There Is No Cat

A huge orangupoid, which no man can conquer

Friday, February 28, 2003

Our reply was "no"

I had an incredibly depressing conversation with one of my co-workers today.

My friend is from a small country in southern Asia. He's been in the U.S. for about ten years. He got his bachelor's and master's degrees from American universities, and is now here working on an H-1B visa. He had been trying to get his green card. I'd been struck since I met him at how much he had bought into American culture, successfully assimilating. As he was saying today, he's always felt accepted here as an individual. He was telling me that when he was back home, his friends all asked him why he wanted to come to America. There were so many other countries he could go to, after all. But my friend wanted to come here and no place else, because only in America could he actually become an American and feel like he was accepted as an American.

No longer.

My friend was supposed to be going home to get married in a week or two. He would have left earlier this week. But thanks to new policies by the American government, he's had to postpone his wedding. If he leaves the country, he has no assurance that he'll be able to re-enter. From within the country, he can't get a visa that would enable him to return, despite the fact that he's been here ten years and been a model resident the entire time. If he goes home, chances are he would have to wait six months to get a visa to return, if he gets one at all. That's simply not feasible for a man with car payments and a lease on an apartment. Remember, too, that this is a man with authorization to be here to work. He works here now! Coming back here to get his Ph.D is out of the question; not a single male from his country has been awarded a student visa in over a year. One friend of his had been accepted to an American university recently, but couldn't get a visa; he wound up going instead to Australia to get his degree.

My friend's country has been identified as one from which all males resident in the U.S. must register with the government and be fingerprinted. That identification is somewhat dubious; even the American ambassador in the country said that Washington had made a mistake and should reconsider. My friend is a man America should be proud to call one of its own. He's brilliant, hard-working, and he believes in what made this country great. But because of the indiscriminate manner in which the government has reacted to the attacks of 9/11, dehumanizing people who have lived here for years and bought into the American myth, my friend is now bitter about the way in which America does not live up to its promises. He's been placed in a box from which he can't escape through no fault of his own. He may now be leaving America anyway.

America is unique in the sense that we were founded on ideals rather than on shared geography or ethnicity. Our promise is that if you come here, you too can have an opportunity to fulfill your destiny. There are no promises, just potential; no guarantees, just a chance.

But even this chance is being denied to people just because of where they're from, with no explanation, no consideration of an extended history of valuable contribution to our society and our economy, and no recourse to challenge dubious decisions.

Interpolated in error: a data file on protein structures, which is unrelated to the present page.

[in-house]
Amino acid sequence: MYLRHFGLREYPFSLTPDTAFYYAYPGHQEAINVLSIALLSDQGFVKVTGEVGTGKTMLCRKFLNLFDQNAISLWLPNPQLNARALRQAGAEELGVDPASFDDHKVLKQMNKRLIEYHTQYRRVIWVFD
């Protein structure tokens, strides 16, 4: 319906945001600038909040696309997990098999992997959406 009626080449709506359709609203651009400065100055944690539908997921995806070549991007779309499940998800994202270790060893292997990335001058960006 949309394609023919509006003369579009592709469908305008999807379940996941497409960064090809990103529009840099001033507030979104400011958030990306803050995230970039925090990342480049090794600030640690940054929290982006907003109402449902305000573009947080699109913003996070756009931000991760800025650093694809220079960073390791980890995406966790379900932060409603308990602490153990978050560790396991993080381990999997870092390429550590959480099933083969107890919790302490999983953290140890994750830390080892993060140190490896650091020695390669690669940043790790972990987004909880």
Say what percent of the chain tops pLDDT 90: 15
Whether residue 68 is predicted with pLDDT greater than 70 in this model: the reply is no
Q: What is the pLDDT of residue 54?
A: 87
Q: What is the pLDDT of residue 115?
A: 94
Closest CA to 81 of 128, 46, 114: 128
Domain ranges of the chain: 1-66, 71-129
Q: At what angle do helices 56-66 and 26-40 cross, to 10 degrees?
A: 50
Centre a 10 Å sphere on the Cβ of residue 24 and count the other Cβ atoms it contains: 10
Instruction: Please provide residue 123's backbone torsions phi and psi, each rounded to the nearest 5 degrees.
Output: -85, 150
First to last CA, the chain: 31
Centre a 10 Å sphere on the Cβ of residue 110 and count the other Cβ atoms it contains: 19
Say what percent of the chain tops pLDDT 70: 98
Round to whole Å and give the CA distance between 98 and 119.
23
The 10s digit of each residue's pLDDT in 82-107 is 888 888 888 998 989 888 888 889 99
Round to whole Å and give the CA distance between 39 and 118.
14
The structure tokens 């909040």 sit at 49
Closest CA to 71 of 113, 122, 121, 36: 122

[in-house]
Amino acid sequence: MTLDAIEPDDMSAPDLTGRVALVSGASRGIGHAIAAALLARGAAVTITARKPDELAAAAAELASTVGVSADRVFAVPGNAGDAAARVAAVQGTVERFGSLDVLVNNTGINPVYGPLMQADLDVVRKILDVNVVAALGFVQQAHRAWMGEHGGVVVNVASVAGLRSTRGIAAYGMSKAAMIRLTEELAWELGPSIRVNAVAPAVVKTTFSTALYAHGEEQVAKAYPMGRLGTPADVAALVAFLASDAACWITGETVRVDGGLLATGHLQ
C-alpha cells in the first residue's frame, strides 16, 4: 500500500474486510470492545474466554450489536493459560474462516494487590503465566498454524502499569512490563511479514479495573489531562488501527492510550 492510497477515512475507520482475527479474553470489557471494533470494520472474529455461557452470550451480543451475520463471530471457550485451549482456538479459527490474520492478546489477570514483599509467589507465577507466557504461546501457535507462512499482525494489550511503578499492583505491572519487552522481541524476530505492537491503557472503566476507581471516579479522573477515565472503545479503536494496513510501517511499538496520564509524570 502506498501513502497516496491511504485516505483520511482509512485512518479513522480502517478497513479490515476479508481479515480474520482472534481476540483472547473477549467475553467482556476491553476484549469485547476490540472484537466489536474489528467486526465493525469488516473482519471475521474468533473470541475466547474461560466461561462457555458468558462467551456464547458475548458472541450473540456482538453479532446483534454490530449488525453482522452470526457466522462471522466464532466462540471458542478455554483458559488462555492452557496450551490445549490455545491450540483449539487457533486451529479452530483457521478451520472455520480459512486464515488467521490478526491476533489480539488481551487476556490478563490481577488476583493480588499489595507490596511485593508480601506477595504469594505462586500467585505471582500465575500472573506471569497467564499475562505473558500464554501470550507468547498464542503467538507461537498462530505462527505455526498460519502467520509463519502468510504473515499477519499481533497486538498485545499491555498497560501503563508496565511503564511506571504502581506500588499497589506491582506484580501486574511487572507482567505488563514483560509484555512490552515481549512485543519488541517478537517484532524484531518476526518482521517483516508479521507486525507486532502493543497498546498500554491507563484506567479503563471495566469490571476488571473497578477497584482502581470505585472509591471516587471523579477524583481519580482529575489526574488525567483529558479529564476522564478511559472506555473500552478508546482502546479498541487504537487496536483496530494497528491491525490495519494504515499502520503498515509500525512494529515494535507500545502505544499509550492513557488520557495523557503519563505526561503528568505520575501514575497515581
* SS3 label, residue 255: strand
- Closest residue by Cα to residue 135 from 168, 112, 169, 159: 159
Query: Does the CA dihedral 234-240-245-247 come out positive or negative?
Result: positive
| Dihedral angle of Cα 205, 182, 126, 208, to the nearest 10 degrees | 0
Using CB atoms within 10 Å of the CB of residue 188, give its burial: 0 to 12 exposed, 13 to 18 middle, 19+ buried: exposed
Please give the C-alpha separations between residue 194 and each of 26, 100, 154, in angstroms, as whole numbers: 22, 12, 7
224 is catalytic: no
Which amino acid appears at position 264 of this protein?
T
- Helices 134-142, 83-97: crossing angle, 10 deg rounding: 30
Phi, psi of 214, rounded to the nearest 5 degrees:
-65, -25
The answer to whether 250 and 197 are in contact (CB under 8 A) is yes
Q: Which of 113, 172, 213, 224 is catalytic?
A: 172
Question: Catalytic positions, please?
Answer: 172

America is a country of immigrants. The steady flow of newcomers has enriched our culture. I look at the area I live in and the changes that have occurred here in the past 25 years, and I can't imagine life without them now. We have restaurants, grocery stores, radio programs and the like that just wouldn't have been possible before. Our history is not unblemished; at various times, we've discriminated against Japanese, Chinese, Germans, Italians, eastern Europeans, and Irish, among others. But all of these communities are accepted as Americans now.

So many countries do not offer the opportunity to become an accepted part of that country. In Germany, there are Turks who are of the second and third generations in their families to live in Germany, but they have not been able to become citizens and be accepted. Another of my co-workers lived in France for over ten years. He came to America because he felt that if he lived in France for the rest of his life, he would still never be considered French, but in America, he could become an American, and has. Chinese communities throughout Asia maintain their identities at least partly because it is not possible to assimilate into the mainstream cultures in which they live. The descendents of German settlers brought to Ukraine and Russia are still considered Germans after hundreds of years, even after they have lost the language. America is supposed to stand in stark contrast to all that.

"Please take me as one of your own, America." That's what my friend said.

Our reply was "no."

That's my friend's loss. It's also our loss. We should be ashamed of what's happening to America and its ideals.

Posted at 7:02 PM


Note: I’m tired of clearing the spam from my comments, so comments are no longer accepted.

Bravo, very well said.

Posted by markj at 8:30 PM, February 28, 2003 [Link]


This site is copyright © 2002-2024, Ralph Brandi.

What do you mean there is no cat?

"You see, wire telegraph is a kind of a very, very long cat. You pull his tail in New York and his head is meowing in Los Angeles. Do you understand this? And radio operates exactly the same way: you send signals here, they receive them there. The only difference is that there is no cat."

- Albert Einstein, explaining radio

There used to be a cat

[ photo of Mischief, a black and white cat ]

Mischief, 1988 - December 20, 2003

[ photo of Sylvester, a black and white cat ]

Sylvester (the Dorito Fiend), who died at Thanksgiving, 2000.


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